Medical marijuana for Idaho? Cancer patient’s bill would decriminalize prescription pot
Hayat Norimine, Idaho Statesman
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BOISE (Idaho Statesman) — Jeremy Kitzhaber, a retired senior master sergeant of the U.S. Air Force with Stage 4 terminal cancer, on Monday morning showed up to an Idaho Legislature committee meeting with a draft bill and a bag of pills.
He demonstrated to state legislators the medication he needed on a daily basis to keep him alive — hydrocodone, oxycodone, pills to help with the bowel obstruction caused by the opioids, and a cancer inhibitor drug, to name a few.
He presented to state legislators a bill he crafted to decriminalize medical marijuana.
Rep. Mike Kingsley, R-Lewiston, and Rep. Ilana Rubel, D-Boise, sponsored the bill and emphasized the need for alternatives to patients dependent on opioids. Kingsley spoke of constituents on the border of Washington who told him they feel like criminals as soon as they cross state lines.
“It’s just really important to do this for Idahoans,” Kingsley said in a committee Monday.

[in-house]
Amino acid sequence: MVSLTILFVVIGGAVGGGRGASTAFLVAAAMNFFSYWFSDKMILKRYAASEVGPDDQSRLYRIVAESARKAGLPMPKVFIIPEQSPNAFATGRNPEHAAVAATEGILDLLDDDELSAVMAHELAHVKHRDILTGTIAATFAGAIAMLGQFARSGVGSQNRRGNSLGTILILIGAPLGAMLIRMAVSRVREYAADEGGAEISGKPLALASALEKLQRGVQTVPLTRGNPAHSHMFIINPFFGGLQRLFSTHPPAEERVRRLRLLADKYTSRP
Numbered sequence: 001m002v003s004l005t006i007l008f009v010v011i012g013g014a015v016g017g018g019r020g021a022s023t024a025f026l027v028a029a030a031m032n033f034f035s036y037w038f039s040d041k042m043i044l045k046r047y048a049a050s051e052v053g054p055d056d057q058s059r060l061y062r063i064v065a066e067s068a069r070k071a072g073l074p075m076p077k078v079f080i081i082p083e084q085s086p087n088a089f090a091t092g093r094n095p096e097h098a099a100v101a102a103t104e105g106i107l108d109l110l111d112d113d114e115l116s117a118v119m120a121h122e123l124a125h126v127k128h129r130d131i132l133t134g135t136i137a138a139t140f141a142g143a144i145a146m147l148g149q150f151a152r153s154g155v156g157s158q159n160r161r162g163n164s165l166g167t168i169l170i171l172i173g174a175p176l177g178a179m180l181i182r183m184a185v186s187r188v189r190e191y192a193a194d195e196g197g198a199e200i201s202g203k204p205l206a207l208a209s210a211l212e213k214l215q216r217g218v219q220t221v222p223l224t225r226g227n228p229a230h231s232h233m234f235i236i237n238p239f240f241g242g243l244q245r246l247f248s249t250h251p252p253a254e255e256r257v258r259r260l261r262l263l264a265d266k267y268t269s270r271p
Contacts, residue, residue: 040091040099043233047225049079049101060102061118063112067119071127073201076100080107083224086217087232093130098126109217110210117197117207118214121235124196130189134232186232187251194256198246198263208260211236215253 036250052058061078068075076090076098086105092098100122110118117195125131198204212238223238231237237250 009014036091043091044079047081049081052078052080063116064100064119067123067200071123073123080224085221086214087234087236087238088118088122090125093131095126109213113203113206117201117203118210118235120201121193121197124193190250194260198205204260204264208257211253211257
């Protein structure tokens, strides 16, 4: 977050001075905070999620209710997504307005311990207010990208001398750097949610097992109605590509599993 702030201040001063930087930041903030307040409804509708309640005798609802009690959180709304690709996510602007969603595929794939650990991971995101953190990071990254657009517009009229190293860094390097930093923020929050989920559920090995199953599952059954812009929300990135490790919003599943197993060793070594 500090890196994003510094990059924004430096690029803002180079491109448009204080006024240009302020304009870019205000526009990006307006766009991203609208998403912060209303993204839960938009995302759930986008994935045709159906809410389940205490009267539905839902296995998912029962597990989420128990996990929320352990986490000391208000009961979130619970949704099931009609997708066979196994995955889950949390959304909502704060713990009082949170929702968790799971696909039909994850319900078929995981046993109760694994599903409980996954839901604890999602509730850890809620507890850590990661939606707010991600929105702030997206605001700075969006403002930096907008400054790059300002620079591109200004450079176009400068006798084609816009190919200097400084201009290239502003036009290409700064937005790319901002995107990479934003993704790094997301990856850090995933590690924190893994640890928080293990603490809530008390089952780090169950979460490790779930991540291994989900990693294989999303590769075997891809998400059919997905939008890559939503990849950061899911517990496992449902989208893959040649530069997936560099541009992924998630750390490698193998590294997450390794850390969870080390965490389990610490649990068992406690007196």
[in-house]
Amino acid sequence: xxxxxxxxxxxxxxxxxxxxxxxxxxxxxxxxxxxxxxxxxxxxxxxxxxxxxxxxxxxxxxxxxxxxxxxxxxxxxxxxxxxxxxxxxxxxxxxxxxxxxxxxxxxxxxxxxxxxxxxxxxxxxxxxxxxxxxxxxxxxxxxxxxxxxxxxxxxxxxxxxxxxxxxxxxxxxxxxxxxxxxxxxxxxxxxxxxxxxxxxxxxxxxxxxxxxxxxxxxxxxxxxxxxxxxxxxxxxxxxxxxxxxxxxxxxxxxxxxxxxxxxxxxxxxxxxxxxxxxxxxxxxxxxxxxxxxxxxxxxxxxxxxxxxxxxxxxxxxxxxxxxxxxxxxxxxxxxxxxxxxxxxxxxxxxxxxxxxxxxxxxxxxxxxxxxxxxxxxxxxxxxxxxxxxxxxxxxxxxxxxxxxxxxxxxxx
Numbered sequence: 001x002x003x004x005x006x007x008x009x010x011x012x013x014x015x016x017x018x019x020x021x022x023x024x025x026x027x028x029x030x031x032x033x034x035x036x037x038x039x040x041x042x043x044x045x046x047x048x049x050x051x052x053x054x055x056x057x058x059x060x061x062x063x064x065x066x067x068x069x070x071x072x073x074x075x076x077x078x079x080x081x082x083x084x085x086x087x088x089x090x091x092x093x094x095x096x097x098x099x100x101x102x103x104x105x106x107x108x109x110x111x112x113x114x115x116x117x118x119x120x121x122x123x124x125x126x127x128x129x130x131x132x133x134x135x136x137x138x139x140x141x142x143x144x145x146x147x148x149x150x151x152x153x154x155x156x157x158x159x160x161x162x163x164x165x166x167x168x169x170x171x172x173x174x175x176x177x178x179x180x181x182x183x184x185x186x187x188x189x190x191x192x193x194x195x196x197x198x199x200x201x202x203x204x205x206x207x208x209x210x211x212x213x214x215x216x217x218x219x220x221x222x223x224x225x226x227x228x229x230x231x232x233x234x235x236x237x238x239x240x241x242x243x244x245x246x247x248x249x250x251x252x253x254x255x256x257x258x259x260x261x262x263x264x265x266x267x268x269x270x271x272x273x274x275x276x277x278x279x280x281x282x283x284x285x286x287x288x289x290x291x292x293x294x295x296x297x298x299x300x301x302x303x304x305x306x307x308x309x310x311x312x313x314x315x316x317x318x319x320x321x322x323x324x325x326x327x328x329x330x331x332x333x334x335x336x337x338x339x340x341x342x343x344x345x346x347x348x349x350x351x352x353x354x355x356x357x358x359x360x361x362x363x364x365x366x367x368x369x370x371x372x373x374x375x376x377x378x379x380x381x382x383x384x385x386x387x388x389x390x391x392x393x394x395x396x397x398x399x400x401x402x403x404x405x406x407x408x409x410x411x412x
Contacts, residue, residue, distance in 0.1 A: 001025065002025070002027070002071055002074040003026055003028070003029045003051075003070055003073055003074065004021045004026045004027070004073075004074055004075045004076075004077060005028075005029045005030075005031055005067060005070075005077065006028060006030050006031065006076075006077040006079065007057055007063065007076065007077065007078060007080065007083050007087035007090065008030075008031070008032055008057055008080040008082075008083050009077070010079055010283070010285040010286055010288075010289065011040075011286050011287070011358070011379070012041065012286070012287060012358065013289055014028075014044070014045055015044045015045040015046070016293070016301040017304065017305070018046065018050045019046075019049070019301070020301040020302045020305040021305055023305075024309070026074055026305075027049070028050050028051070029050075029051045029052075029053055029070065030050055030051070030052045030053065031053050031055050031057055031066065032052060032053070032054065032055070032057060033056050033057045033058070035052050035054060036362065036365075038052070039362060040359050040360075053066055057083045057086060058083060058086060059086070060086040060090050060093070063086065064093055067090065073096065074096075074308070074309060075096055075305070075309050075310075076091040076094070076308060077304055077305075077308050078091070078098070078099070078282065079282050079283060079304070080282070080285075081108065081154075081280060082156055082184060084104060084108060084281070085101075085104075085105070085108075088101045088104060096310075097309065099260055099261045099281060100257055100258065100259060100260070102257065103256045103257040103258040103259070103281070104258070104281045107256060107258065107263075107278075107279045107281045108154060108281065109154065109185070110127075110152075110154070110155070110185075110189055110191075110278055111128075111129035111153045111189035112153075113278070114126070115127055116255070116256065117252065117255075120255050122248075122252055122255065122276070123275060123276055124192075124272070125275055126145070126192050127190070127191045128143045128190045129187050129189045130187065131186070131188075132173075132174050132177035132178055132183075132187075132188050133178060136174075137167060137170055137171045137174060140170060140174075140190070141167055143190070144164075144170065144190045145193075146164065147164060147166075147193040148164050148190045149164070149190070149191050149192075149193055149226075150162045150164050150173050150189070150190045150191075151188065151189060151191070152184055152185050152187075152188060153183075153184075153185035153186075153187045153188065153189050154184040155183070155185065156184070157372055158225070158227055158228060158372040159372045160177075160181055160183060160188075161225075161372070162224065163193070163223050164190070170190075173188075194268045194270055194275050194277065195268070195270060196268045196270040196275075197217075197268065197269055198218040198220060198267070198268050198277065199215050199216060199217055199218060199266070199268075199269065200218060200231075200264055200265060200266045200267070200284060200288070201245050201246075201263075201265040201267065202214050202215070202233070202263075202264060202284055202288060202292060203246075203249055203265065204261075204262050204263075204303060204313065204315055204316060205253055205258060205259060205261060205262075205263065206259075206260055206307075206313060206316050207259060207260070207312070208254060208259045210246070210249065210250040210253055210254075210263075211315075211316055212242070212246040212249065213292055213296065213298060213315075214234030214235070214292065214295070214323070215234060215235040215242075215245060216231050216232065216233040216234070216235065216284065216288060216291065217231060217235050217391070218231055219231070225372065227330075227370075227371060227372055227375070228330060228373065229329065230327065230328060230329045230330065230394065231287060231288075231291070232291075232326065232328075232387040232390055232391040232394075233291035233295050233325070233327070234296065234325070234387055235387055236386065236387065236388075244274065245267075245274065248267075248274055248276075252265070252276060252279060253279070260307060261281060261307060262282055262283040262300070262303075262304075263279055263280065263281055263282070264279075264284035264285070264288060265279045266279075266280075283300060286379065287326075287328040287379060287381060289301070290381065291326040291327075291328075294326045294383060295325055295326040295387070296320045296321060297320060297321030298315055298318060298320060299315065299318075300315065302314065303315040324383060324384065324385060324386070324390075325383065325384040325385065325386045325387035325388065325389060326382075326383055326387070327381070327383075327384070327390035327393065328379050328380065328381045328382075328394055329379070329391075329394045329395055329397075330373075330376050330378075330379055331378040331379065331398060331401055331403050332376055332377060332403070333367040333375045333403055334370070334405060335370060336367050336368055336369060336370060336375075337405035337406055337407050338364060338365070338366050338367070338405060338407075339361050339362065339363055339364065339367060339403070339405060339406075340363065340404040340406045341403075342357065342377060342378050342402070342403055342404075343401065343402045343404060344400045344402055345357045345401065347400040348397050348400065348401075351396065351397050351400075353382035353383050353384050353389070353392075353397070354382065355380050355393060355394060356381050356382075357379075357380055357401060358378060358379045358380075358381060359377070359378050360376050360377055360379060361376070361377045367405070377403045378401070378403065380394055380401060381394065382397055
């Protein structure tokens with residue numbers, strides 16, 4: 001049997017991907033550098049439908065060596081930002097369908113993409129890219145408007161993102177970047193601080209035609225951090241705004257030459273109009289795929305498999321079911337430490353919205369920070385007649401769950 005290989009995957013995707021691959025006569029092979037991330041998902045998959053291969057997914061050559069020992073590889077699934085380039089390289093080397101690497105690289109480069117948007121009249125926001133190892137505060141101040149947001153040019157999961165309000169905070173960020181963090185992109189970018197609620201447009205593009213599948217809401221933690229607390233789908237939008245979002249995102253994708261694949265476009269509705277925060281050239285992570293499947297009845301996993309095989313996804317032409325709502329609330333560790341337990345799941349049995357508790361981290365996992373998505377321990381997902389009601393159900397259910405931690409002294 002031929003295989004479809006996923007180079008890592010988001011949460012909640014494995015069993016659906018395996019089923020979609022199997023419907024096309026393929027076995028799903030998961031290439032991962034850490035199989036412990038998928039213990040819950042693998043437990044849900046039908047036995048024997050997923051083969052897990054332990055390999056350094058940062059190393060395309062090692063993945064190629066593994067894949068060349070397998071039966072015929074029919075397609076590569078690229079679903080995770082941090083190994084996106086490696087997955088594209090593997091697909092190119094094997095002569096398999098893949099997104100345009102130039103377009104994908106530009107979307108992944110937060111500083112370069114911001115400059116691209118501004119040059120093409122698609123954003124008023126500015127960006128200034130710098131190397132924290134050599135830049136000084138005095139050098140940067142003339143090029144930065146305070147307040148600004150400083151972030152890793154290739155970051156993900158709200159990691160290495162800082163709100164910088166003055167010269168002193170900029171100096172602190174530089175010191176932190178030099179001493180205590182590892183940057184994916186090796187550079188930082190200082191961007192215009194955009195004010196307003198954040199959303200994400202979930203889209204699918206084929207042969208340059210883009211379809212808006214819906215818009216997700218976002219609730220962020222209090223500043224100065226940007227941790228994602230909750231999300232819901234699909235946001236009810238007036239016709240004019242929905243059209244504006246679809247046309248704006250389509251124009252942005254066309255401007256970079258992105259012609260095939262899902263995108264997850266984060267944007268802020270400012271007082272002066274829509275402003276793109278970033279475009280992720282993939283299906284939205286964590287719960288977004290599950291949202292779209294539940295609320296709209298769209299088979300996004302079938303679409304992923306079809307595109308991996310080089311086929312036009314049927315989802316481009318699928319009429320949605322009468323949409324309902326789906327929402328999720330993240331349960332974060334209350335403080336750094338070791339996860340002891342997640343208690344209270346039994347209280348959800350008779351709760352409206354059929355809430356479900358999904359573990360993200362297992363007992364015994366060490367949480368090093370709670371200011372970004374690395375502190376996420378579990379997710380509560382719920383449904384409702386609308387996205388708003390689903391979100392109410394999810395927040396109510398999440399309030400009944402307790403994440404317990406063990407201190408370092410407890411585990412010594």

Rubel said Idaho is estimated to get about $20 million in revenue from sales and excise taxes if the bill passes — enough to cover the cost of administration, she said.
The bill would allow individuals or caregivers to apply for a medical cannabis patient card if they get it prescribed from a practitioner. But it’s more restrictive than other states — it limits the prescribed amount to 4,000 milligrams of either THC or the liquid processed form of cannabis, or 60 grams of unprocessed cannabis flower with no more than 22% of THC. A terminally ill, hospice or cancer patient can get up to 20,000 milligrams of THC from a practitioner.
The legislation lists a series of conditions permitted to be prescribed medical cannabis, such as cancer or terminal illness. But it also allows medical practitioners to identify other medically debilitating conditions that would benefit from a prescription of marijuana.
No vaping would be permitted under the bill. Kitzhaber said he wanted to ensure the bill was written in a way to appease fears it would be a “slippery slope” to recreational pot or make it easier for children to access the drug.
The new bill runs counter to the constitutional amendment approved by two-thirds of the Senate last week. If Senate Joint Resolution 101 passes as it’s currently written, it would ban medical marijuana alongside other currently illicit drugs in Idaho that haven’t been approved by the Federal Drug Administration.
SJR 101 would need approval from two-thirds of the House and a simple majority vote from the public in the 2022 general election. It narrowly received the needed two-thirds vote in the Senate.